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Thrill rides as sensory experiences?

Posted by on Dec. 29, 2017 at 8:31 PM
  • 3 Replies
Roller coasters for the sensory seekers, pools for the sensory avoiders? How do your kids respond to these sorts of things? Do they want to go on every ride at the carnival or want to avoid them? Do they enjoy going in the pool or like to swim underwater or hate the water? Do they like strong tasting foods or prefer more blander tastes? Do they avoid touch or like the strong pressures of bear hugs?
by on Dec. 29, 2017 at 8:31 PM
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Replies (1-3):
emarin77
by Gold Member on Dec. 30, 2017 at 10:03 AM

My son likes going on all kinds of rides and the pool. He enjoyed swimming class this winter.  No hot spices like me and his father.  When my son was age 4 and below  he had issues with touch but he grew out of it, he is 9 now.

SamMom912
by Platinum Member on Dec. 30, 2017 at 2:19 PM
Sam likes the heavy proprioceptive input provided by the G force on roller coasters. Sam likes the vestibular input provided by the twists, turns, and spinning.
He likes the Proprioceptive input provided by the water pushing against his body- (especially in deep water)

Sam has poor oral motor skills with poor muscle tone. He needs high taste foods and typically over stuffs his mouth a bit to actually “feel” whats in there to chew and move the food around.
Imagine a small piece of squishy mushy french fried potato not giving your mouth to brain the information its there, without a dip of salty ketchup.

Sam likes any touch from me or his Dad. He finds a weighted blanket (heavy Proprioceptive) relaxing. He finds hugs just nice.
He does not tolerate touch (hugs) from people he doesn’t know (or know well or like) so high 5s relieve him of that “intamacy” required for touch. This is not based at all as sensory avoidace.

Sensory avoidance cones more in with noisy places or visually chaotic places.

He has difficulty knowing where his body ends and the world begins- so he will hold his arm out walking down a hallway- (like a blind person) to tell him “where” he is. He will snuggle up next to me on the couch (and accidentally sit ON MY side- like too close pressing against me) because he really doesn’t get where he “ends”.

Long sleeves, long pants, tight clothing- all help him “feel” his limbs. So transitioning to shorts/short sleeves was always hard. At 11, thats easy now.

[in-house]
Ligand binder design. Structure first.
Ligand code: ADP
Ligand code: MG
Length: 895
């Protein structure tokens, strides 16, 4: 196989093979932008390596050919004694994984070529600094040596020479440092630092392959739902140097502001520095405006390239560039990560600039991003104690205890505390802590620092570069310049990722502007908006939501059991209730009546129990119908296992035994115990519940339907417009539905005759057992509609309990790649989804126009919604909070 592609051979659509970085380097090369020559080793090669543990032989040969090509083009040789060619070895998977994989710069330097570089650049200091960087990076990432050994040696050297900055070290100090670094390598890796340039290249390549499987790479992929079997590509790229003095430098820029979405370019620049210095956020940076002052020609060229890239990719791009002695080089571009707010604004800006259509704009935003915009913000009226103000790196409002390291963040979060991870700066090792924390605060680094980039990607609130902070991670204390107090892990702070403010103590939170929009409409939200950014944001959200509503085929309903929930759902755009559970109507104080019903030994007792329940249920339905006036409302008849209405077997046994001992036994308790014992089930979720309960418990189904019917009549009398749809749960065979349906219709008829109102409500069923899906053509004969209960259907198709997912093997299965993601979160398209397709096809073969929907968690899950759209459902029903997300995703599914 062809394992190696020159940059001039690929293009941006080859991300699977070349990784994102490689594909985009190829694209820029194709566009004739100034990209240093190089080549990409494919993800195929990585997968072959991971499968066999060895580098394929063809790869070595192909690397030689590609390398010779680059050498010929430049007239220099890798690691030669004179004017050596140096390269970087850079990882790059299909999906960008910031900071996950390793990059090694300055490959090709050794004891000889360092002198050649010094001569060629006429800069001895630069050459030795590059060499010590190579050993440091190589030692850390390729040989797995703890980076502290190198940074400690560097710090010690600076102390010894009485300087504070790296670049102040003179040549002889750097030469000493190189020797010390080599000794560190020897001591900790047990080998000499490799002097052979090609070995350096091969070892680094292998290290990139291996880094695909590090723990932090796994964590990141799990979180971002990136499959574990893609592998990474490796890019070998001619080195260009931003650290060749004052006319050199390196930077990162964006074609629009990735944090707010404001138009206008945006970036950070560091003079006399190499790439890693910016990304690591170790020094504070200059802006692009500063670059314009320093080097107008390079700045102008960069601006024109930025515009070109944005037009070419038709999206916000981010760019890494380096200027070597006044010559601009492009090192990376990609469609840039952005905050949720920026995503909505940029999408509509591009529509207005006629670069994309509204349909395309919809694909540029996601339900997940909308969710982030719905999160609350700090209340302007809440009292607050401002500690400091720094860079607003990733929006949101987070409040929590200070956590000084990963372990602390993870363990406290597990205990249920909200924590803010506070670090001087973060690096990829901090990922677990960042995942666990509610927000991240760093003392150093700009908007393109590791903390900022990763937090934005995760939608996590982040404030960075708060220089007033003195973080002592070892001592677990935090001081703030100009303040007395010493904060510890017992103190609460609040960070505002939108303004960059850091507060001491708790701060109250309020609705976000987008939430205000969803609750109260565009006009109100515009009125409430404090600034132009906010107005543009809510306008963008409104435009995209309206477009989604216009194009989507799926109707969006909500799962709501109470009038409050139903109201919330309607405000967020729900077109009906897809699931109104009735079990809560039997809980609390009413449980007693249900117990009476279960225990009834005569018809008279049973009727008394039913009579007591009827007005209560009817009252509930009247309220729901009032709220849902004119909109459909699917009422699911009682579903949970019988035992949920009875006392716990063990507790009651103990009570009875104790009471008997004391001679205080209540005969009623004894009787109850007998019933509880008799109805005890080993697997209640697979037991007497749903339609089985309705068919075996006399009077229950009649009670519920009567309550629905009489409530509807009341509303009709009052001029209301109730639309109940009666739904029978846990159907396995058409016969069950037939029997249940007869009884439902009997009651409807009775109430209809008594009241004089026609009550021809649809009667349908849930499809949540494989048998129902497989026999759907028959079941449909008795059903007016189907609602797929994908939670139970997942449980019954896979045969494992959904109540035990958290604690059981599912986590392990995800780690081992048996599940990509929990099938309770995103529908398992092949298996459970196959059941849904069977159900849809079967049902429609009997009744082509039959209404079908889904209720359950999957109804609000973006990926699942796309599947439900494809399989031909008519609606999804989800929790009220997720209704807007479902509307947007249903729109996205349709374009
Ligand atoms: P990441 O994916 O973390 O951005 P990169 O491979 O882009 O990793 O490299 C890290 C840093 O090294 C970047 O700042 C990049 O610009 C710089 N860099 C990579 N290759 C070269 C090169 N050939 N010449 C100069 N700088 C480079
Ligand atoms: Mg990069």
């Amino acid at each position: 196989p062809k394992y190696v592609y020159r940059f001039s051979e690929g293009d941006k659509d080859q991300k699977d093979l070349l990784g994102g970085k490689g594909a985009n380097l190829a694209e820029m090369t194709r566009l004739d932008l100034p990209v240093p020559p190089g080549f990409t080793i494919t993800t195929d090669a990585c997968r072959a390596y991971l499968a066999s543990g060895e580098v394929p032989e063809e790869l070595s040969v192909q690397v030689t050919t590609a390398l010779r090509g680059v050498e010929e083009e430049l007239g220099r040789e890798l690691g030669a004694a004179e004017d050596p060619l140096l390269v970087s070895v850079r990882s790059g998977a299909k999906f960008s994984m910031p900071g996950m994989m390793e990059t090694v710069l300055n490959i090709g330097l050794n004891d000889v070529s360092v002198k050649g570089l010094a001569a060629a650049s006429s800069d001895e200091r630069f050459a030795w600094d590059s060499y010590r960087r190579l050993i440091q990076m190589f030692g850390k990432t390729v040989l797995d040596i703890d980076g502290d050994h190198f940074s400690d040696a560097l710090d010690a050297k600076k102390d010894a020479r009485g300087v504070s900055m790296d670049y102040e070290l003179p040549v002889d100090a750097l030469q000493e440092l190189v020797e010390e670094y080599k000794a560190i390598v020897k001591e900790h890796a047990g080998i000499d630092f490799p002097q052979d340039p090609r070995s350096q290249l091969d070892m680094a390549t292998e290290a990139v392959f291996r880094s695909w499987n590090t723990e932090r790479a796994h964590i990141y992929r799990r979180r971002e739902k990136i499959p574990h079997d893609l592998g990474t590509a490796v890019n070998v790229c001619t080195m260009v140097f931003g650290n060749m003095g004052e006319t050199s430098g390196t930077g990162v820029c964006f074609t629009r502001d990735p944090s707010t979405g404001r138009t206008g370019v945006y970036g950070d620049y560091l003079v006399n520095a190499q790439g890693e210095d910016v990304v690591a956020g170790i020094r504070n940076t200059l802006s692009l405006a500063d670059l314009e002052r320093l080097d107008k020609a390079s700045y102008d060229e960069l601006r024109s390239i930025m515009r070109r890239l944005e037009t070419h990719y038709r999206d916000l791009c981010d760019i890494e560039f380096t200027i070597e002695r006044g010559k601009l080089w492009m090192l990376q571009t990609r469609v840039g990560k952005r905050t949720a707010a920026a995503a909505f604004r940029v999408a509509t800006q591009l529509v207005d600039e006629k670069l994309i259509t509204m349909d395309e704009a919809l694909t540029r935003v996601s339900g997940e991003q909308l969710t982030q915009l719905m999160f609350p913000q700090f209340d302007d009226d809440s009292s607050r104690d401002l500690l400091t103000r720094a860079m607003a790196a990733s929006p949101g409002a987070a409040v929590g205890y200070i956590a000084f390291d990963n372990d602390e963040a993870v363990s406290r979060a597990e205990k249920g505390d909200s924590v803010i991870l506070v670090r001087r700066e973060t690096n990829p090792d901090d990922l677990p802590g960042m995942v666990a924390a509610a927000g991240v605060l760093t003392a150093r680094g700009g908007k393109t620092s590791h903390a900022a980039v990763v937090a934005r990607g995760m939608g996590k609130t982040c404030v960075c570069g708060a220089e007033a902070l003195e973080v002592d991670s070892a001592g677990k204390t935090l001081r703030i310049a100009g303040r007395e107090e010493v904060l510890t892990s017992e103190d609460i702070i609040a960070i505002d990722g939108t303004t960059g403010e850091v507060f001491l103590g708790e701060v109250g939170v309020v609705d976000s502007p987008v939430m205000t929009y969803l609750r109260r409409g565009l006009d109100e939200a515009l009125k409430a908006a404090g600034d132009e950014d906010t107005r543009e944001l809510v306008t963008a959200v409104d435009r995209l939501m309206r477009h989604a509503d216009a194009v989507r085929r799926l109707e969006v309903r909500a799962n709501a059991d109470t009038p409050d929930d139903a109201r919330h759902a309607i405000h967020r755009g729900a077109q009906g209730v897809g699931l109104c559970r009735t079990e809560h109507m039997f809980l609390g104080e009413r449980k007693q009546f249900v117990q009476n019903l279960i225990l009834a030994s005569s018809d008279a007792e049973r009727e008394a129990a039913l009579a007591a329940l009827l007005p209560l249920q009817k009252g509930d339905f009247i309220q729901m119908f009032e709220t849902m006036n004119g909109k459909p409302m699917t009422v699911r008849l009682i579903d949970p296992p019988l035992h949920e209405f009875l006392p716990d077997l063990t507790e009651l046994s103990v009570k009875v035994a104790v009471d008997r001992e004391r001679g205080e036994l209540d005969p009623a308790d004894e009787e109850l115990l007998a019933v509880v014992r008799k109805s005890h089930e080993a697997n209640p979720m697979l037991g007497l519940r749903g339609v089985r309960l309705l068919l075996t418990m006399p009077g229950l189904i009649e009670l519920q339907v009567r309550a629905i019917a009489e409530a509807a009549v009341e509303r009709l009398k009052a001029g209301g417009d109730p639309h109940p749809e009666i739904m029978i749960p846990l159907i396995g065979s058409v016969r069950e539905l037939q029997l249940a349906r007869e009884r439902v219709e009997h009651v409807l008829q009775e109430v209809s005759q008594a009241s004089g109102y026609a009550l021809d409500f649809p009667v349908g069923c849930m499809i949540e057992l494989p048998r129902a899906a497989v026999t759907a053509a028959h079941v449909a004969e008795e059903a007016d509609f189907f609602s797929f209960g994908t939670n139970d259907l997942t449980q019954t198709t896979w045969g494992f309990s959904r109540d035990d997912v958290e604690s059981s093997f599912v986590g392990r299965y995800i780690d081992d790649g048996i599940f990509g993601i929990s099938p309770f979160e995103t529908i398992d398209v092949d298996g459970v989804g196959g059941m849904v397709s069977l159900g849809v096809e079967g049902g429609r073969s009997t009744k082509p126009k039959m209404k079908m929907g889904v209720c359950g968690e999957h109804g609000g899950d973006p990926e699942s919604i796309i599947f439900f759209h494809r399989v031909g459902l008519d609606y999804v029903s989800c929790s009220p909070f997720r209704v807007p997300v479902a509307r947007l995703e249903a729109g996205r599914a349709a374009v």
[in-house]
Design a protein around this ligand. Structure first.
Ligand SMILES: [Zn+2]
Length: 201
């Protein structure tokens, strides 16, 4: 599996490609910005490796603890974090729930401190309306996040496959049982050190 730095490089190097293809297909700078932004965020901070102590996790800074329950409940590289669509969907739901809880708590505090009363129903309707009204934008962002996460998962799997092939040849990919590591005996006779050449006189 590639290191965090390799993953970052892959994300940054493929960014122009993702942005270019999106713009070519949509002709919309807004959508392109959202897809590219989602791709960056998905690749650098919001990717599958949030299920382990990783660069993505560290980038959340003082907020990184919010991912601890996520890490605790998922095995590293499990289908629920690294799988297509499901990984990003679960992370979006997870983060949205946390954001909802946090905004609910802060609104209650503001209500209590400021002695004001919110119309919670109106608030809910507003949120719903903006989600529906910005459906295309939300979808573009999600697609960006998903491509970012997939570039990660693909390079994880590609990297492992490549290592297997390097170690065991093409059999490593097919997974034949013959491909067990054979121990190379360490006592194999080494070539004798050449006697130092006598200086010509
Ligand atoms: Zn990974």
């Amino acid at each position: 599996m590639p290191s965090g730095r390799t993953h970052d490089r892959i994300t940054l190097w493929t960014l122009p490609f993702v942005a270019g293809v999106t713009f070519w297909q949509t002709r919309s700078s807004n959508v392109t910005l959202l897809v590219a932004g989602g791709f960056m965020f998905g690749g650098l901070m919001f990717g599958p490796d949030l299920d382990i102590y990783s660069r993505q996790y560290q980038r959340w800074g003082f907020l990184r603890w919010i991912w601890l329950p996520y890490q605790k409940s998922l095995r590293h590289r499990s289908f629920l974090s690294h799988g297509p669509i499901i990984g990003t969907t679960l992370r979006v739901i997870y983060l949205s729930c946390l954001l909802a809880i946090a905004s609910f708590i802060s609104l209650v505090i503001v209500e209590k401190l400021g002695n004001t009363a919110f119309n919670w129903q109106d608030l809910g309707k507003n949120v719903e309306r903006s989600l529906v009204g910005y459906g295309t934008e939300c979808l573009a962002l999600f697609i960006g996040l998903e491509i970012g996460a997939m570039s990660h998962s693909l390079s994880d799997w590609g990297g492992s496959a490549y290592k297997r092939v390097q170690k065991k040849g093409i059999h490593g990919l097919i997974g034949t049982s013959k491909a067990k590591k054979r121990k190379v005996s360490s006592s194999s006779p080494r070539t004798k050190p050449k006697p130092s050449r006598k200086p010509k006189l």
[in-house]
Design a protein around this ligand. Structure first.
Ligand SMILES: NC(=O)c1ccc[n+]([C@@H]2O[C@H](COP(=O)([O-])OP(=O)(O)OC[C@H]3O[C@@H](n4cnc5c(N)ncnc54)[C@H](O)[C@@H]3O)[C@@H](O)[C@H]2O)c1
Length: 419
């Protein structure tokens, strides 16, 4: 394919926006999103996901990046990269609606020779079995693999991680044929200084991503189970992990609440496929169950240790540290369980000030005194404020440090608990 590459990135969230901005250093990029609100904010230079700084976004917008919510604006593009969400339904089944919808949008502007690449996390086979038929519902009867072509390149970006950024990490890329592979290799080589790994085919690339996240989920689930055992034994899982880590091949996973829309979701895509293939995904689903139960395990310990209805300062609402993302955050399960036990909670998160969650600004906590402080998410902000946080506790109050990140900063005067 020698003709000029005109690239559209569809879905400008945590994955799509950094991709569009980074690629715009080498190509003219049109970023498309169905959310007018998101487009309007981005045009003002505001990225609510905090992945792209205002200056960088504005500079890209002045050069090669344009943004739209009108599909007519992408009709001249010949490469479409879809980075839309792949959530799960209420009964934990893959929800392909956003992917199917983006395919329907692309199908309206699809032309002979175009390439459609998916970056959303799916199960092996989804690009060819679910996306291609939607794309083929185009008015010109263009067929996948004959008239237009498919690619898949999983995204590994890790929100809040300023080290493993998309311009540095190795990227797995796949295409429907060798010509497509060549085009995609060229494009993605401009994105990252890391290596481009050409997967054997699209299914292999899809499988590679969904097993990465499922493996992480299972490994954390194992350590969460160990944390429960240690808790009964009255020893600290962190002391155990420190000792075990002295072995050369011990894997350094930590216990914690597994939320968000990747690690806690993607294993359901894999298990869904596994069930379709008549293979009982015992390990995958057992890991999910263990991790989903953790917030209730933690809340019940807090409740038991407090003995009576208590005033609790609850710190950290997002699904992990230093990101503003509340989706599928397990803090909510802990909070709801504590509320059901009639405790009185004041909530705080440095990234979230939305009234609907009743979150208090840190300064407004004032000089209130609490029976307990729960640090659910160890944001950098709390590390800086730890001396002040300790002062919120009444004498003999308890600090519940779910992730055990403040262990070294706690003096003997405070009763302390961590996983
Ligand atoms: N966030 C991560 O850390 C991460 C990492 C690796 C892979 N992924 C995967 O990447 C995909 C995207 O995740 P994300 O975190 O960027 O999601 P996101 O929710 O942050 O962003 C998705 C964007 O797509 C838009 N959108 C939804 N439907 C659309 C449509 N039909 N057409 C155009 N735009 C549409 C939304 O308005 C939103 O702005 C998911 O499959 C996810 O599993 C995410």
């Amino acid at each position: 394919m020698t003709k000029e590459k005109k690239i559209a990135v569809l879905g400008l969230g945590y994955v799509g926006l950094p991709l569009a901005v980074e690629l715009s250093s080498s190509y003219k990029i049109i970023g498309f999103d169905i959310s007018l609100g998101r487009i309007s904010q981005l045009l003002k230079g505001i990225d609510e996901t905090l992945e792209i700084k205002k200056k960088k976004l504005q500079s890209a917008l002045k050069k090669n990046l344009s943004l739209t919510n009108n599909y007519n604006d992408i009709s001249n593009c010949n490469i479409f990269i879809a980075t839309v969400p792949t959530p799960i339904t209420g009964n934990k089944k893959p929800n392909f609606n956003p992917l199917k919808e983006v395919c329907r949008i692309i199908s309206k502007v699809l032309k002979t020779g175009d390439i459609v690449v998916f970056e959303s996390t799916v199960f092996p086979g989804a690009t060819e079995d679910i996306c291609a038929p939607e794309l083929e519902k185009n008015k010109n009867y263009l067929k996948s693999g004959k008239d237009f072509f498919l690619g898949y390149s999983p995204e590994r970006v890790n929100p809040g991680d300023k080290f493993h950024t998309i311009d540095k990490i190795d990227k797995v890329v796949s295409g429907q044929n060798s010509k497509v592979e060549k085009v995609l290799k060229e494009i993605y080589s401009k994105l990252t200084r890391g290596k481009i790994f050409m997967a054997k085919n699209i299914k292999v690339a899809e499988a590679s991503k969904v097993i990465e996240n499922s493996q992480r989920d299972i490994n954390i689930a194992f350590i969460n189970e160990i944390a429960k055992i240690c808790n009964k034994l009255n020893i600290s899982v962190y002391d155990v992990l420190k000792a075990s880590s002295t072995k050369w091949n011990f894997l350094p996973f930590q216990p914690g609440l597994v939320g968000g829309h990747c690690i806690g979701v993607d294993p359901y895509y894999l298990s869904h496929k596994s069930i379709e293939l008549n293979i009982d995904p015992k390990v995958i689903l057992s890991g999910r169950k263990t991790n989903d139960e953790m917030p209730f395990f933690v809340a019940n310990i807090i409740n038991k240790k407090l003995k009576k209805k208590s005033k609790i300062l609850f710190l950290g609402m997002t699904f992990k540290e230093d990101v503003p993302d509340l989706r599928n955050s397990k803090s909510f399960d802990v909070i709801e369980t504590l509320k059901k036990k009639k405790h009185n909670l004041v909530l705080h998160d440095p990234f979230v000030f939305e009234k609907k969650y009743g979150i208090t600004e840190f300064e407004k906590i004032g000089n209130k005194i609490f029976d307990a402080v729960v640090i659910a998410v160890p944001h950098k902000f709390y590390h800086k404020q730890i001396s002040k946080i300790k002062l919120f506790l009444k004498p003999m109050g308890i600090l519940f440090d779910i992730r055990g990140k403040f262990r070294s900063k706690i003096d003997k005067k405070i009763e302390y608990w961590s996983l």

MixedCooke
by Group Admin on Dec. 30, 2017 at 7:18 PM
1 mom liked this
Yeah Samara LOVES rollercoasters and kept choosing the craziest rides but she was still too short for them or she would’ve gone on them.

Quoting SamMom912: Sam likes the heavy proprioceptive input provided by the G force on roller coasters. Sam likes the vestibular input provided by the twists, turns, and spinning.
He likes the Proprioceptive input provided by the water pushing against his body- (especially in deep water)

Sam has poor oral motor skills with poor muscle tone. He needs high taste foods and typically over stuffs his mouth a bit to actually “feel” whats in there to chew and move the food around.
Imagine a small piece of squishy mushy french fried potato not giving your mouth to brain the information its there, without a dip of salty ketchup.

Sam likes any touch from me or his Dad. He finds a weighted blanket (heavy Proprioceptive) relaxing. He finds hugs just nice.
He does not tolerate touch (hugs) from people he doesn’t know (or know well or like) so high 5s relieve him of that “intamacy” required for touch. This is not based at all as sensory avoidace.

Sensory avoidance cones more in with noisy places or visually chaotic places.

He has difficulty knowing where his body ends and the world begins- so he will hold his arm out walking down a hallway- (like a blind person) to tell him “where” he is. He will snuggle up next to me on the couch (and accidentally sit ON MY side- like too close pressing against me) because he really doesn’t get where he “ends”.

Long sleeves, long pants, tight clothing- all help him “feel” his limbs. So transitioning to shorts/short sleeves was always hard. At 11, thats easy now.
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